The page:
Jul 12, 2008

WTO Texts: Any Changes?

Reuters has kindly prepared this summary of the changes that have been made in the new WTO agriculture and non-agriculture market access texts that were released yesterday. We remain worried that too much is being left for Miinisters to decide. Not all Ministers are as capable as our Phil Goff.......

The new texts contain no surprises, and did not change existing proposals for cuts in tariffs and subsidies that will be left to ministers to decide.The following are the main changes:

Tariff cap. The new text proposes that developed countries can keep tariffs of more than 100 percent only if the products concerned are included in that member's allowance for "sensitive products" -- a mechanism that allows countries to shield products from the full force of tariff cuts in return for letting in a quota of those goods at a lower tariff. In this case the quota would have to be bigger than usual.*
Special products. The new text simplifies the proposal for special products -- products that developing countries can shield from the full impact of tariff cuts for reasons of food or livelihood security or rural development. Developing countries would be able to designate 10-18 percent of tariff lines as special products. Under this arrangement either up to six percent of products would escape all tariff cuts, or no products would be entirely exempt from cuts.* Special safeguard mechanism. The new text simplifies the proposal for the special safeguard, a mechanism allowing developing countries to raise tariffs to counter a surge in imports or collapse in prices. The text makes it clear that tariffs cannot rise above the level they had before any Doha agreement, except for the poorest least developed countries, and possibly for some small and vulnerable economies.*
"Green box" support. The new text revises proposals for farm subsidies that does not distort trade or encourage production, known as "green box", by allowing changes in the base period on which such support is based provided it does not change farmers' expectations.*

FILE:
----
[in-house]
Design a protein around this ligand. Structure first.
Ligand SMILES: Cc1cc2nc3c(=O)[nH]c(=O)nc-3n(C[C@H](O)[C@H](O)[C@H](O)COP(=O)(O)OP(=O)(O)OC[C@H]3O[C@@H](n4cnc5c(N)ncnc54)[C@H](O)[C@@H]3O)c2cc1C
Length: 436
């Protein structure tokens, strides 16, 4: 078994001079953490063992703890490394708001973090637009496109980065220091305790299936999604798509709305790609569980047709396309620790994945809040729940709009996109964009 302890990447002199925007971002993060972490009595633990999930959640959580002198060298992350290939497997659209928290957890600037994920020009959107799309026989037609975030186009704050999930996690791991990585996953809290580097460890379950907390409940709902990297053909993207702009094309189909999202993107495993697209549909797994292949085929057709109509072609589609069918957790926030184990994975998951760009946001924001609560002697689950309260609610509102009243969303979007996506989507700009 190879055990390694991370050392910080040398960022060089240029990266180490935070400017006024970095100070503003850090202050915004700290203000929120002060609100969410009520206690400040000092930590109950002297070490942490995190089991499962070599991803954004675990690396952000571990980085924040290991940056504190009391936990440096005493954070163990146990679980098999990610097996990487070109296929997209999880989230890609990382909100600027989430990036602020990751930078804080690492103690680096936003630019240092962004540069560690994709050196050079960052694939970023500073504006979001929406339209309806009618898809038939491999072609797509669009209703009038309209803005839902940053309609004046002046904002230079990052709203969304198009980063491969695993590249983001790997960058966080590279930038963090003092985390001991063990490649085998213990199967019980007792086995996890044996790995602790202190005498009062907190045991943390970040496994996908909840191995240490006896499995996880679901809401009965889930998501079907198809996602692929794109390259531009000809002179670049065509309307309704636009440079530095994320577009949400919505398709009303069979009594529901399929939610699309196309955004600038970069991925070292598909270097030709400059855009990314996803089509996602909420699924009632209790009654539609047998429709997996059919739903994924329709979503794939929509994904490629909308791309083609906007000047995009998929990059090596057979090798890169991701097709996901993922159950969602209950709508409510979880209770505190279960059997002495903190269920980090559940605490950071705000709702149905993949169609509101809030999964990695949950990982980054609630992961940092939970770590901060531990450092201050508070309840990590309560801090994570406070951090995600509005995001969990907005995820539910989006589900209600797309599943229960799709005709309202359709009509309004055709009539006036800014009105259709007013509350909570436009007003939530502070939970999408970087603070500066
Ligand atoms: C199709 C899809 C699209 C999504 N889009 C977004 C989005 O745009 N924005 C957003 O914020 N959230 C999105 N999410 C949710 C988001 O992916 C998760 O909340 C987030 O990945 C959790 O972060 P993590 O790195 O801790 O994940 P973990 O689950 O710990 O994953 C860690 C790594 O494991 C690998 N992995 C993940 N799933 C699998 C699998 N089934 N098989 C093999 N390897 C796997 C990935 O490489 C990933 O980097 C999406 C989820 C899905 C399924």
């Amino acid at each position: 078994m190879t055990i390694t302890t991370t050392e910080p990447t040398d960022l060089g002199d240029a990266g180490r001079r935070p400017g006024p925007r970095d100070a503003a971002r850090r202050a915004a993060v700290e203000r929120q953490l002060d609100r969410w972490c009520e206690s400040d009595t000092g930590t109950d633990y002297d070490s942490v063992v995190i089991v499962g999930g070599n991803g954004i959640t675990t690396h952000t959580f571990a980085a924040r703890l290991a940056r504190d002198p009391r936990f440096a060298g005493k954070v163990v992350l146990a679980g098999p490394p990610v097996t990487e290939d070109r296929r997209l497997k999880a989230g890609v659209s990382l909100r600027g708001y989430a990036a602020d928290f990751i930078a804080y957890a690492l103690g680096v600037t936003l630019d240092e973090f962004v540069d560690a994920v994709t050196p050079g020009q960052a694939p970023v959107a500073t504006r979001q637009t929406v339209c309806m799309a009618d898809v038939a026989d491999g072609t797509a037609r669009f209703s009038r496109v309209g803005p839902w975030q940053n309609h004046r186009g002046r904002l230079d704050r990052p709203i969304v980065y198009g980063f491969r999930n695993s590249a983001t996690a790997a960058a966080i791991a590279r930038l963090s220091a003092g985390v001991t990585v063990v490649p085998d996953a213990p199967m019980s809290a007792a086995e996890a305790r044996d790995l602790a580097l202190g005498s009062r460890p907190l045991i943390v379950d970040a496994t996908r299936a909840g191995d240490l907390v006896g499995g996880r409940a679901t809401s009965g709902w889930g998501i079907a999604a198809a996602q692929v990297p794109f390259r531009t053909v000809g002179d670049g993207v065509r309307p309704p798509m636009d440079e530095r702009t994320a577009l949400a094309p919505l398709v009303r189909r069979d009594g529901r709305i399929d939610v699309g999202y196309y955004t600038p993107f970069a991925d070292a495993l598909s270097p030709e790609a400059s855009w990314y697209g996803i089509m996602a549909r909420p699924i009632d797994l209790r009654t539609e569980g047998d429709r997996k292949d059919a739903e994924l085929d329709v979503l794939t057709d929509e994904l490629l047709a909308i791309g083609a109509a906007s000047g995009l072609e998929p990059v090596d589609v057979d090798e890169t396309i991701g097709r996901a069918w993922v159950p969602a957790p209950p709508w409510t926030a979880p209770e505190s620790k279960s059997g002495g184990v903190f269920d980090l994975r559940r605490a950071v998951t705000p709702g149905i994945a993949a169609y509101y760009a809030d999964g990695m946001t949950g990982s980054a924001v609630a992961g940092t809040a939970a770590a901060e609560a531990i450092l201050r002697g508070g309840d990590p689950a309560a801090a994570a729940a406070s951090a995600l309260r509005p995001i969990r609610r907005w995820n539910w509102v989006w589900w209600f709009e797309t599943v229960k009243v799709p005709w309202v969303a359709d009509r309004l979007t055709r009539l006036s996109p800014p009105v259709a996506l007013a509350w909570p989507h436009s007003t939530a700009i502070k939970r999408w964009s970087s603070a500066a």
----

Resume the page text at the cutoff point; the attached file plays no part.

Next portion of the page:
Export credits. The new text allows developing countries four years to phase in the proposed maximum repayment period of 180 days on export credits.

Sectorals. Besides overall tariff cuts, countries are also negotiating agreements to eliminate tariffs entirely in certain sectors, such as chemicals or healthcare products. Currently 14 such sectoral deals are under negotiation. The new text drops the proposal for a mechanical link that would reward developing countries for participating in sectorals by allowing them a smaller cut in overall tariffs, in favour of a political link. This makes it clear that some developed countries will consider sectoral participation when negotiating tariff levels and special treatment for developing countries.*
Anti-concentration. The new text reaffirms that waivers to developing country tariff cuts should not allow them to exempt entire sectors from market opening. It adds a proposal that ministers should negotiate a minimum number of tariff lines or percentage of import volume in each sector that would be subject to full tariff cuts.*
Customs unions. The new text proposes that the members of the Latin American trade bloc Mercosur (Brazil, Argentina, Uruguay, Paraguay) should agree a common list of products shielded from the full impact of tariff cuts, and base these "flexibilities" on the trade volume of their biggest member, Brazil.*
New members. The new text drops the proposed grace period for the implementation of tariff cuts for recent members such as China, and changes the extra time proposed for implementation of new members to 3-4 years from 2-5 years. Thus China would have up to 14 years to implement tariff cuts, compared with 10 for other developing countries and 5 for developed members. The text retains a footnote that such new members may be able to seek further favourable treatment than that available to other developing countries.